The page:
Coworking’s amenities, such as community kitchens and densely populated drop-in desks, have become no-nos in the era of COVID-19, putting financial pressure on the shared workspaces.
The world’s largest coworking company, Regus Corp., recently filed bankruptcy for 91 affiliates, including units that lease spaces in downtown St. Louis and Clayton.
Other coworking operators in St. Louis have had to make adjustments, including laying off staff, but they see a bright future once the pandemic eases. They think companies, after having employees work remotely for months, will prefer flexible office arrangements over expensive long-term leases.
Even for Regus, the bankruptcies appear to be more of an adjustment than a long-term retrenchment. Regus’ Swiss parent company, IWG, boasts 3,300 locations, including six in the St. Louis area, and the Chapter 11 filings affect fewer than 3% of them.
James Feltman, a Duff & Phelps consultant advising Regus, said in a court document that the COVID-19 pandemic reduced occupancy and forced Regus to cut its prices.
Regus asked for rent forbearance, Feltman said, but some landlords refused. The bankruptcy filings, he added, were made to provide a “breathing spell” for lease restructurings and, if those negotiations fail, to “orderly wind down the operation of the applicable centers.”
Coworking companies take out long-term leases on a large space, often an entire floor of an office building, and divide it into smaller spaces that they rent for as little as a month. Some rent desks for as short as one day.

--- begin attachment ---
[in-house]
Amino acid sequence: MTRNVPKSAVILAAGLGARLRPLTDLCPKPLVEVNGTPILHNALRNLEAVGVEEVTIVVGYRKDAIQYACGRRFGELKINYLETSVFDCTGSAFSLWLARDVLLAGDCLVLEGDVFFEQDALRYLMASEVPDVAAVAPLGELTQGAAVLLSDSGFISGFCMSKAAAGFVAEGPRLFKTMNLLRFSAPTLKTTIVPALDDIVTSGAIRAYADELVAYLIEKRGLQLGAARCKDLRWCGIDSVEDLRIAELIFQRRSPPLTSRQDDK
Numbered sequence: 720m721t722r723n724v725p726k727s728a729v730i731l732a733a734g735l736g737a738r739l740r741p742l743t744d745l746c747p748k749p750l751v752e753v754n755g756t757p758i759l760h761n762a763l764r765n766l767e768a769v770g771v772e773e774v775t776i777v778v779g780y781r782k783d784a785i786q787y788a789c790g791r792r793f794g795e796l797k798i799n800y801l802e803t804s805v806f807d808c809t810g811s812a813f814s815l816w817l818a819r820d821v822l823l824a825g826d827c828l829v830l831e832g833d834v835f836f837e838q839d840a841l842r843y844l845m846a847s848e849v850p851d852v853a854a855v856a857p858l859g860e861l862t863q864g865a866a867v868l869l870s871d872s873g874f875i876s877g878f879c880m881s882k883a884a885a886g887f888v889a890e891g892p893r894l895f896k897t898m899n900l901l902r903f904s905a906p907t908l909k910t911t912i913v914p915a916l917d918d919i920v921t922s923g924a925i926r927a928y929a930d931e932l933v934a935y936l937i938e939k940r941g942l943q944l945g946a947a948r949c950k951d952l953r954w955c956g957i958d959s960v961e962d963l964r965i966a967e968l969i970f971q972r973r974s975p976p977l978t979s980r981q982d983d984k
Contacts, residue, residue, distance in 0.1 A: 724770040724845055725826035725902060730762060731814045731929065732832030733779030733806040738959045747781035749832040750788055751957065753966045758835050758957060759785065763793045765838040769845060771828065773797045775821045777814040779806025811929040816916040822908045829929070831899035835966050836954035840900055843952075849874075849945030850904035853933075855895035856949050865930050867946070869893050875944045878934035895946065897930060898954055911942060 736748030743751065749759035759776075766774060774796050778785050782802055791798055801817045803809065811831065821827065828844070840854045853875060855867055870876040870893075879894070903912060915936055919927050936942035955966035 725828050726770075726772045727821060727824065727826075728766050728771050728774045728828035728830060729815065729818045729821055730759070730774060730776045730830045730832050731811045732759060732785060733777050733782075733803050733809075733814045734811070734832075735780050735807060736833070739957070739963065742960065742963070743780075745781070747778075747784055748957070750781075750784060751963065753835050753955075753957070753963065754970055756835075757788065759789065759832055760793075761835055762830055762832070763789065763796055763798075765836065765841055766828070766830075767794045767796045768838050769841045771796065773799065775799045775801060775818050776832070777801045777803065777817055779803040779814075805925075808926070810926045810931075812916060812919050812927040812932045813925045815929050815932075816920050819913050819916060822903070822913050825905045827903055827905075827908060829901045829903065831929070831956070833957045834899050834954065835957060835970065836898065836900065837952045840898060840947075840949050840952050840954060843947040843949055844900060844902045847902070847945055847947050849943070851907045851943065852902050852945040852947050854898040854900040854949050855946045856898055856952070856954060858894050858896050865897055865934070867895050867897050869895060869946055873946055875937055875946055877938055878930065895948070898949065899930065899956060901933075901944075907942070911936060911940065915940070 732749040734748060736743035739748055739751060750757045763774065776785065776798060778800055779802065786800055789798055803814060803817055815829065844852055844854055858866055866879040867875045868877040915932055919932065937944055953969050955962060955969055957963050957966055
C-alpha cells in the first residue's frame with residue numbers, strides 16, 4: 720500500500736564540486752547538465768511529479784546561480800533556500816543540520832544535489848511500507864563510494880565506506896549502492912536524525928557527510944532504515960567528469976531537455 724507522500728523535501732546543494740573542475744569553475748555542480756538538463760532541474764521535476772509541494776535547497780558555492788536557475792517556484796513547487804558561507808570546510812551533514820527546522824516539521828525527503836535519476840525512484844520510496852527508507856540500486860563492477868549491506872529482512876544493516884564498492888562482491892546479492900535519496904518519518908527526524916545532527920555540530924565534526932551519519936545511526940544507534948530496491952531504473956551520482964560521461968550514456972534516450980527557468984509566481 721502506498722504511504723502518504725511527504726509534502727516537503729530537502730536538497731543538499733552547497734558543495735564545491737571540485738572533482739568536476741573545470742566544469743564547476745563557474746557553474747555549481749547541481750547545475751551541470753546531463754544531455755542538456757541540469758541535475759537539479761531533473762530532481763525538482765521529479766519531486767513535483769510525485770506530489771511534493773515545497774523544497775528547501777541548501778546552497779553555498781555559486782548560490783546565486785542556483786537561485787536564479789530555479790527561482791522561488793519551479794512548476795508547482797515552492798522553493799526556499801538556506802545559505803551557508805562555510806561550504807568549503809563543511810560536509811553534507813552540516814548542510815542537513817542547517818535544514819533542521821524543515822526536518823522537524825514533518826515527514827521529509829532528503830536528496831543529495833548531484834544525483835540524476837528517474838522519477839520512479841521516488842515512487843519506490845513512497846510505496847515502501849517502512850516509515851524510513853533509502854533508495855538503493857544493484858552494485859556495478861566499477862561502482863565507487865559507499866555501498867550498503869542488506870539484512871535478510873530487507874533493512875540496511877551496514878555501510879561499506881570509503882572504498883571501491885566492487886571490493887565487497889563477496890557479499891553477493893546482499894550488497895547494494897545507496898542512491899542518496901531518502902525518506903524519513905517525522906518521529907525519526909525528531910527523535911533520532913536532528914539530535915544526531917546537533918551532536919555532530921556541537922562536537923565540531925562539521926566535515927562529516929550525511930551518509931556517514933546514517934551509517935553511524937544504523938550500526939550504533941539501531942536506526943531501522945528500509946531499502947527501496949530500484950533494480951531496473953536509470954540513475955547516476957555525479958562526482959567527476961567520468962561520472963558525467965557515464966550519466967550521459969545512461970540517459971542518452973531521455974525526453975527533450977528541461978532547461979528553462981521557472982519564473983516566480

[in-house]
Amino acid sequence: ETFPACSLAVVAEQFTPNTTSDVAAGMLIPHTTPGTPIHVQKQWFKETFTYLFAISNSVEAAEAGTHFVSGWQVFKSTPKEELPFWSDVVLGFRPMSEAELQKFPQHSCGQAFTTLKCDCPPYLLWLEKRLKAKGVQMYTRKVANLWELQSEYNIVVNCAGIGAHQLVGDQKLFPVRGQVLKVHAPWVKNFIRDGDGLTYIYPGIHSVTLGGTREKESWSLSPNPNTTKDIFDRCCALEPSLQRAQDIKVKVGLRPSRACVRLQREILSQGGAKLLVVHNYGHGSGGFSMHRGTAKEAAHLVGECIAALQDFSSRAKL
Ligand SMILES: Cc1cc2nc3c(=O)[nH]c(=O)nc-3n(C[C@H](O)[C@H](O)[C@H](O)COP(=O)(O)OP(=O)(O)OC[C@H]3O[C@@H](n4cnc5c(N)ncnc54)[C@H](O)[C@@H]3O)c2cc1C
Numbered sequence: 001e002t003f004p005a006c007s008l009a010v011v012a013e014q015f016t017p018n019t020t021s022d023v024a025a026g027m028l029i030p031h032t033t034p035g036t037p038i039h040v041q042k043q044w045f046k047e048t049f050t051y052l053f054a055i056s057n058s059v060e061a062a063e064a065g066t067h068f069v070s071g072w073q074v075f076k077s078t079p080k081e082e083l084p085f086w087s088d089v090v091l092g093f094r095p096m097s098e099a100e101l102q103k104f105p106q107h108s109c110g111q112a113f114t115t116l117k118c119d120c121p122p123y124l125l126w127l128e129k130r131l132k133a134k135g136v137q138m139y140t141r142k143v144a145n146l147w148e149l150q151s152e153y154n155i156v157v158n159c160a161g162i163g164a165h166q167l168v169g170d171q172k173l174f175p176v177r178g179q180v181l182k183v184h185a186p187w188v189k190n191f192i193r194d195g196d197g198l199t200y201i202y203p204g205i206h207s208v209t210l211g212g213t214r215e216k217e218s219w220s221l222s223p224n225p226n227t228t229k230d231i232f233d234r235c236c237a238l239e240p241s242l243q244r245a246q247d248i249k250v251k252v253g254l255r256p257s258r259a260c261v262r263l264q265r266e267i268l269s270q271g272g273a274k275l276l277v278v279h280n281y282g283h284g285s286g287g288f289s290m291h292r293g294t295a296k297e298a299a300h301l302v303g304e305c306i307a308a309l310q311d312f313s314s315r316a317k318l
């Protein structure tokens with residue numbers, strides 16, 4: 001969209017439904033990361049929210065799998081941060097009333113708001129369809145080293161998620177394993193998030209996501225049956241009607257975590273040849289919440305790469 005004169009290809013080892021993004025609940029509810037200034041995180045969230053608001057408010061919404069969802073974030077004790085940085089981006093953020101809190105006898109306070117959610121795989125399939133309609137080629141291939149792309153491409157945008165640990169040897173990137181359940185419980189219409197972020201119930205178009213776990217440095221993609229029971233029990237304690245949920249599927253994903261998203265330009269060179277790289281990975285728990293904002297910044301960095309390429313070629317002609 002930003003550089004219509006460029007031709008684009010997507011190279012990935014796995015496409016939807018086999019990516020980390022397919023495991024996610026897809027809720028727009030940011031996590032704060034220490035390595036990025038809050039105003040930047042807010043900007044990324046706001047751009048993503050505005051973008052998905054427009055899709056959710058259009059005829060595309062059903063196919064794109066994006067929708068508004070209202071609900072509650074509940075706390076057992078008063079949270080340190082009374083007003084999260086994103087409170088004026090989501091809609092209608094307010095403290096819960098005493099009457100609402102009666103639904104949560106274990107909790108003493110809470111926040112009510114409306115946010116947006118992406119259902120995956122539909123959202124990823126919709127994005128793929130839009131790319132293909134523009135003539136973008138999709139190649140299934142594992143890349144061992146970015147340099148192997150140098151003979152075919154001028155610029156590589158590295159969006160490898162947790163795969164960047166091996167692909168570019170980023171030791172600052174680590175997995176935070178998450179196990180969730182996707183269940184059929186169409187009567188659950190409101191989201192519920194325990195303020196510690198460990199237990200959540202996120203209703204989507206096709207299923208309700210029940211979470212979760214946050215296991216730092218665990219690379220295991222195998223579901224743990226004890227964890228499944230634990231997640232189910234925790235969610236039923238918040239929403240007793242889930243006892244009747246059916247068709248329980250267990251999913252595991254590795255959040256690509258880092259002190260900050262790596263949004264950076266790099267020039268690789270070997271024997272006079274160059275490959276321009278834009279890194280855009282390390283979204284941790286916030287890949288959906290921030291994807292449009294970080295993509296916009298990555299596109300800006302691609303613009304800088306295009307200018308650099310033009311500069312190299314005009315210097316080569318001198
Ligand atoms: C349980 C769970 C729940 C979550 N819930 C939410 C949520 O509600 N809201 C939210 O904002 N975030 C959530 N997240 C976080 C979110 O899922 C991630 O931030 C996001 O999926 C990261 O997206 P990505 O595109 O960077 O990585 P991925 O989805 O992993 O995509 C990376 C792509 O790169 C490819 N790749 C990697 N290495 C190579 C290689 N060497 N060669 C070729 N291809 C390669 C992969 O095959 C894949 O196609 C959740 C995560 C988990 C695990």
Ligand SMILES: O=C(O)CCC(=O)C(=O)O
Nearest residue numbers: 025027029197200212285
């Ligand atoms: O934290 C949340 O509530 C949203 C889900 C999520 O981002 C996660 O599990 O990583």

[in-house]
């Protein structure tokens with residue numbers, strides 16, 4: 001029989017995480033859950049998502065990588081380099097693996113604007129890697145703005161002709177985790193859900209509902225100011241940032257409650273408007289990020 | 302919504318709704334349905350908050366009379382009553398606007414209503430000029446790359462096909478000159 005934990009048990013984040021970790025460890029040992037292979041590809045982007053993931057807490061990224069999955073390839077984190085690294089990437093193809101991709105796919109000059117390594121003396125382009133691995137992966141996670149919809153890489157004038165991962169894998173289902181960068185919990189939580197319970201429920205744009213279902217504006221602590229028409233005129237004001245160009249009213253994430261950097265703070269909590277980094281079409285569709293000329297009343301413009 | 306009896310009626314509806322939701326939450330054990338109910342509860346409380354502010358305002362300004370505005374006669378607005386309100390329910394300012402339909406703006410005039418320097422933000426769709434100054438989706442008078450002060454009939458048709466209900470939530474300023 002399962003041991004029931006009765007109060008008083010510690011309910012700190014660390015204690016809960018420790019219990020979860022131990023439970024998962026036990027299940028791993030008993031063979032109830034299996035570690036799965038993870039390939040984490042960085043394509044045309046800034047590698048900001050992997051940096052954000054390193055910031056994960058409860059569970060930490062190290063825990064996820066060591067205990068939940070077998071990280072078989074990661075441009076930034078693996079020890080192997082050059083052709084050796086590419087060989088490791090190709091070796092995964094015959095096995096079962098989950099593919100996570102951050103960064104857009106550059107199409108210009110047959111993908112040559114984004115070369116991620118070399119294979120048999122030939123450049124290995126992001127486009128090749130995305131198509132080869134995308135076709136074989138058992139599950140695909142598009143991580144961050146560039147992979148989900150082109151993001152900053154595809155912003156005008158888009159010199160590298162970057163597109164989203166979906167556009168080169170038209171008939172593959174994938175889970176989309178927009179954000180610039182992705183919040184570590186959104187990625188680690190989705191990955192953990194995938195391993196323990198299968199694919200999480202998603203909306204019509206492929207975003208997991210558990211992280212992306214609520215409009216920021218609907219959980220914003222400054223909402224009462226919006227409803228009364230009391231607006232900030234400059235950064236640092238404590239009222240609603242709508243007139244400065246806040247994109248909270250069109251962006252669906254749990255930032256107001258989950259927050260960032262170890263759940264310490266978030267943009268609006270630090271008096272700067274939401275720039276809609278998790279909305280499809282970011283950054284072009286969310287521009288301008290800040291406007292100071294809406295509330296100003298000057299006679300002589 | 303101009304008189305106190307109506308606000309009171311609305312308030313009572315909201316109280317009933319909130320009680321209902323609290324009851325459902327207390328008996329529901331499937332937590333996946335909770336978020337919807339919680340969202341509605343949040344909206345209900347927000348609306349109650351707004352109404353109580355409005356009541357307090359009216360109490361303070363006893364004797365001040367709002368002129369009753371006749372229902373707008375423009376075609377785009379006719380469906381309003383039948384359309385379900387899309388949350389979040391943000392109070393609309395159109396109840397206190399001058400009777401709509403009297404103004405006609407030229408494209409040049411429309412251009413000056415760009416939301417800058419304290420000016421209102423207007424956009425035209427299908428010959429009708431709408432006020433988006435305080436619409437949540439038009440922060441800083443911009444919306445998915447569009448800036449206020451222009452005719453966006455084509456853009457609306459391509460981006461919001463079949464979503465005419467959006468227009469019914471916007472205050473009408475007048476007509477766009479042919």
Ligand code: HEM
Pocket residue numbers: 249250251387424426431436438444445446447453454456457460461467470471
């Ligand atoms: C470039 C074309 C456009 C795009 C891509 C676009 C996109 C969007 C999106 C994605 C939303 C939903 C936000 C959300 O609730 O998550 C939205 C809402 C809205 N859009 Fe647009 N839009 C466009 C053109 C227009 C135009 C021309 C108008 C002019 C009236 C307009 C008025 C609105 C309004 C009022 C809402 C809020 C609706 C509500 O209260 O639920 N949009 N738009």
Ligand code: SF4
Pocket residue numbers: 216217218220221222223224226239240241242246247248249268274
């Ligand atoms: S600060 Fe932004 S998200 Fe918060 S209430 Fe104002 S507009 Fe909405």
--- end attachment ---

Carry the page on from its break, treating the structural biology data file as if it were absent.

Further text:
The model works when demand for office space is stable or rising, but not when the short-term tenants move home and the long-term landlord still wants to be paid.
Nebula, on South Jefferson Avenue, has lost a lot of drop-in members but held on to most private-office tenants, manager Jason Deem said.
Deem said the last couple of weeks have seen an uptick in daily and weekly memberships, which makes him optimistic. “People are anxious to get back out of the house but waiting before they sign up for a longer term,” he said.
Rob Bowman, the local Serendipity franchisee, said that leasing has been “slower than we expected” but that a lot of people have looked at the space. He’s hearing both from companies moving out of traditional leases and entrepreneurs ready to leave their home offices.
Christopher Holt, chief executive of TechArtista, has laid off six employees since spring, leaving just him and another manager to run the business. TechArtista shut down for three months, and its cafes, daily-user spaces and downtown event space remain closed.
“People are trickling back in” since the coworking spaces reopened in June, Holt said, and the majority of TechArtista’s members have kept paying their fees. “It’s a matter of staying as lean as possible during this time so you can be there when things get better,” he added.
Real estate brokerage JLL projects that coworking will make up 30% of the U.S. office market by 2030, up from 2.5% now. “You’re going to see a lot of tenants that want more flexibility with their space,” JLL Vice President Blaise Tomazic said.
JLL counts 600,000 square feet of coworking in St. Louis, compared with 1 million in Minneapolis and 2.9 million in Denver. That leaves plenty of room for local coworking companies to grow, but first they have to survive COVID-19.